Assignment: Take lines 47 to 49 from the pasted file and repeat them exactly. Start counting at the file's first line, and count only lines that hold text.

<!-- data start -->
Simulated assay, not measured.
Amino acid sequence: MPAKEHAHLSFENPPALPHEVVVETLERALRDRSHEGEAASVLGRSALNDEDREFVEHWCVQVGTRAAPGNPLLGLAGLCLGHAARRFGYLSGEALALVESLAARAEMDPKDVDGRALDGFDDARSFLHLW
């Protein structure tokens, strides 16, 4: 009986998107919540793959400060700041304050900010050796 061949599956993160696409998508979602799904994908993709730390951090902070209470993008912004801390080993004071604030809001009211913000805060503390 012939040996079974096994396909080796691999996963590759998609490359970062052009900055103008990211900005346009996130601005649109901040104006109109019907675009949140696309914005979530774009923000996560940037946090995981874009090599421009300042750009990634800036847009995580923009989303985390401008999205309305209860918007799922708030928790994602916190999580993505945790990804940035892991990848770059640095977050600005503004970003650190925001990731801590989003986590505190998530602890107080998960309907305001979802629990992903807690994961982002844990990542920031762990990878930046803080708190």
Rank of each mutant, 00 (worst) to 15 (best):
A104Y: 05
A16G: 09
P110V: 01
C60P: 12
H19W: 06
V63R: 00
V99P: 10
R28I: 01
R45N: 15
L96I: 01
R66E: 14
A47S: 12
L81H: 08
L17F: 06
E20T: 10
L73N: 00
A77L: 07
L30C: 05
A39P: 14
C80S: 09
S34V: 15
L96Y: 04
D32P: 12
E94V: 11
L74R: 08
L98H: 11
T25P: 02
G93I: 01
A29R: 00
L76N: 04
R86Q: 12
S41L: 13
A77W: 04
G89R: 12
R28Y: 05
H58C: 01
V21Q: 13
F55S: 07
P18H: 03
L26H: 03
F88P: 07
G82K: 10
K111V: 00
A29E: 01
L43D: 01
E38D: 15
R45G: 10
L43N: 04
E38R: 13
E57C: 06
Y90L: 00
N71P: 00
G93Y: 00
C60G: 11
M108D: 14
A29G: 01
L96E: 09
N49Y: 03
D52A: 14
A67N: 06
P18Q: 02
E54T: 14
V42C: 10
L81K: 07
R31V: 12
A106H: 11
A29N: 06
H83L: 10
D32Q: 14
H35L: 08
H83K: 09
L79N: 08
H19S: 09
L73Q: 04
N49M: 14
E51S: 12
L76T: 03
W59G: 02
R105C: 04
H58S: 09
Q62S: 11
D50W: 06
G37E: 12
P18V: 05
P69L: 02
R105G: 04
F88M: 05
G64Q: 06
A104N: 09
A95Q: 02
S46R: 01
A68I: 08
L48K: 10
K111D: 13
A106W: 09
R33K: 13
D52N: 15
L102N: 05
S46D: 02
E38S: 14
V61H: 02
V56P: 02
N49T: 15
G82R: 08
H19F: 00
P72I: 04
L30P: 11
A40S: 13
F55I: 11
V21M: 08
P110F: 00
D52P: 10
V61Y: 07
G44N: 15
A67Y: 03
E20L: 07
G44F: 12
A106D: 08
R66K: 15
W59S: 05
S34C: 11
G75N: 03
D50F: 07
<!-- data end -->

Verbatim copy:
K111V: 00
A29E: 01
L43D: 01